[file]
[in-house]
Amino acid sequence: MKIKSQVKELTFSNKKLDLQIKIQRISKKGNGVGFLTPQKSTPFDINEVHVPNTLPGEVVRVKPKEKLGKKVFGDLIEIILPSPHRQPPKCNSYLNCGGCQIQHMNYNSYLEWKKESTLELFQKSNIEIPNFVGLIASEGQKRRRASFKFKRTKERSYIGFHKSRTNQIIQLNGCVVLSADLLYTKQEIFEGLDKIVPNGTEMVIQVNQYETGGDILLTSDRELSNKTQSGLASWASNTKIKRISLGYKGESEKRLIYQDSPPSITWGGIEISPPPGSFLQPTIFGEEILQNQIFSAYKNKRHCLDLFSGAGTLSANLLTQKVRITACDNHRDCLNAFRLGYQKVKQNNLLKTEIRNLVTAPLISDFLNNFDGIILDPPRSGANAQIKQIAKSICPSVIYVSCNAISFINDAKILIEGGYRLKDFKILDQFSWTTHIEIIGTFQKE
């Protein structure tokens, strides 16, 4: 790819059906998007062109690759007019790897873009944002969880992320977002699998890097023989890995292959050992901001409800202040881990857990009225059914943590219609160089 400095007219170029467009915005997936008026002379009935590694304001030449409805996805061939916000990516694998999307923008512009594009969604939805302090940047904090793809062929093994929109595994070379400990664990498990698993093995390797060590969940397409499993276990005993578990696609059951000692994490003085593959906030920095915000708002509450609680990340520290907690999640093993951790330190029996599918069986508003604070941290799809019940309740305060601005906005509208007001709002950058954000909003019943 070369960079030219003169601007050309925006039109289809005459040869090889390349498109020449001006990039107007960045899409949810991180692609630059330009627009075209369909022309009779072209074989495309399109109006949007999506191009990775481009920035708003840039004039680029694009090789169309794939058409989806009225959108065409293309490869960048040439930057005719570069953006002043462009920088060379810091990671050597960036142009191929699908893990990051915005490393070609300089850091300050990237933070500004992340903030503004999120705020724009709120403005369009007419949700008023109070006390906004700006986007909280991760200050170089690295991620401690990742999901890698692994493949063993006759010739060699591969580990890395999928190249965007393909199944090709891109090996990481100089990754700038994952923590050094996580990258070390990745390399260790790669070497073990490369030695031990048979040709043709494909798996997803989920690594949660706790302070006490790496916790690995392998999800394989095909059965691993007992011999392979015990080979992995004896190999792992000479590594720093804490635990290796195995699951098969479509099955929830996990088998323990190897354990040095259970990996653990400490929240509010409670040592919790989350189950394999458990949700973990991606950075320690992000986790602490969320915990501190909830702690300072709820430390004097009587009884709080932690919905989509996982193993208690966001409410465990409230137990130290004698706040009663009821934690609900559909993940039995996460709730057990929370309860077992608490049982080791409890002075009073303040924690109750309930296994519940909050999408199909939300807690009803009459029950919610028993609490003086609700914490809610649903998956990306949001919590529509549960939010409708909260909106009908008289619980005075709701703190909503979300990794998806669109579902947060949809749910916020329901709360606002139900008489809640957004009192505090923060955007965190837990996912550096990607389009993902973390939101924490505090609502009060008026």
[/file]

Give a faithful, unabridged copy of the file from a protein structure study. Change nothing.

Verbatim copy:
[in-house]
Amino acid sequence: MKIKSQVKELTFSNKKLDLQIKIQRISKKGNGVGFLTPQKSTPFDINEVHVPNTLPGEVVRVKPKEKLGKKVFGDLIEIILPSPHRQPPKCNSYLNCGGCQIQHMNYNSYLEWKKESTLELFQKSNIEIPNFVGLIASEGQKRRRASFKFKRTKERSYIGFHKSRTNQIIQLNGCVVLSADLLYTKQEIFEGLDKIVPNGTEMVIQVNQYETGGDILLTSDRELSNKTQSGLASWASNTKIKRISLGYKGESEKRLIYQDSPPSITWGGIEISPPPGSFLQPTIFGEEILQNQIFSAYKNKRHCLDLFSGAGTLSANLLTQKVRITACDNHRDCLNAFRLGYQKVKQNNLLKTEIRNLVTAPLISDFLNNFDGIILDPPRSGANAQIKQIAKSICPSVIYVSCNAISFINDAKILIEGGYRLKDFKILDQFSWTTHIEIIGTFQKE
């Protein structure tokens, strides 16, 4: 790819059906998007062109690759007019790897873009944002969880992320977002699998890097023989890995292959050992901001409800202040881990857990009225059914943590219609160089 400095007219170029467009915005997936008026002379009935590694304001030449409805996805061939916000990516694998999307923008512009594009969604939805302090940047904090793809062929093994929109595994070379400990664990498990698993093995390797060590969940397409499993276990005993578990696609059951000692994490003085593959906030920095915000708002509450609680990340520290907690999640093993951790330190029996599918069986508003604070941290799809019940309740305060601005906005509208007001709002950058954000909003019943 070369960079030219003169601007050309925006039109289809005459040869090889390349498109020449001006990039107007960045899409949810991180692609630059330009627009075209369909022309009779072209074989495309399109109006949007999506191009990775481009920035708003840039004039680029694009090789169309794939058409989806009225959108065409293309490869960048040439930057005719570069953006002043462009920088060379810091990671050597960036142009191929699908893990990051915005490393070609300089850091300050990237933070500004992340903030503004999120705020724009709120403005369009007419949700008023109070006390906004700006986007909280991760200050170089690295991620401690990742999901890698692994493949063993006759010739060699591969580990890395999928190249965007393909199944090709891109090996990481100089990754700038994952923590050094996580990258070390990745390399260790790669070497073990490369030695031990048979040709043709494909798996997803989920690594949660706790302070006490790496916790690995392998999800394989095909059965691993007992011999392979015990080979992995004896190999792992000479590594720093804490635990290796195995699951098969479509099955929830996990088998323990190897354990040095259970990996653990400490929240509010409670040592919790989350189950394999458990949700973990991606950075320690992000986790602490969320915990501190909830702690300072709820430390004097009587009884709080932690919905989509996982193993208690966001409410465990409230137990130290004698706040009663009821934690609900559909993940039995996460709730057990929370309860077992608490049982080791409890002075009073303040924690109750309930296994519940909050999408199909939300807690009803009459029950919610028993609490003086609700914490809610649903998956990306949001919590529509549960939010409708909260909106009908008289619980005075709701703190909503979300990794998806669109579902947060949809749910916020329901709360606002139900008489809640957004009192505090923060955007965190837990996912550096990607389009993902973390939101924490505090609502009060008026």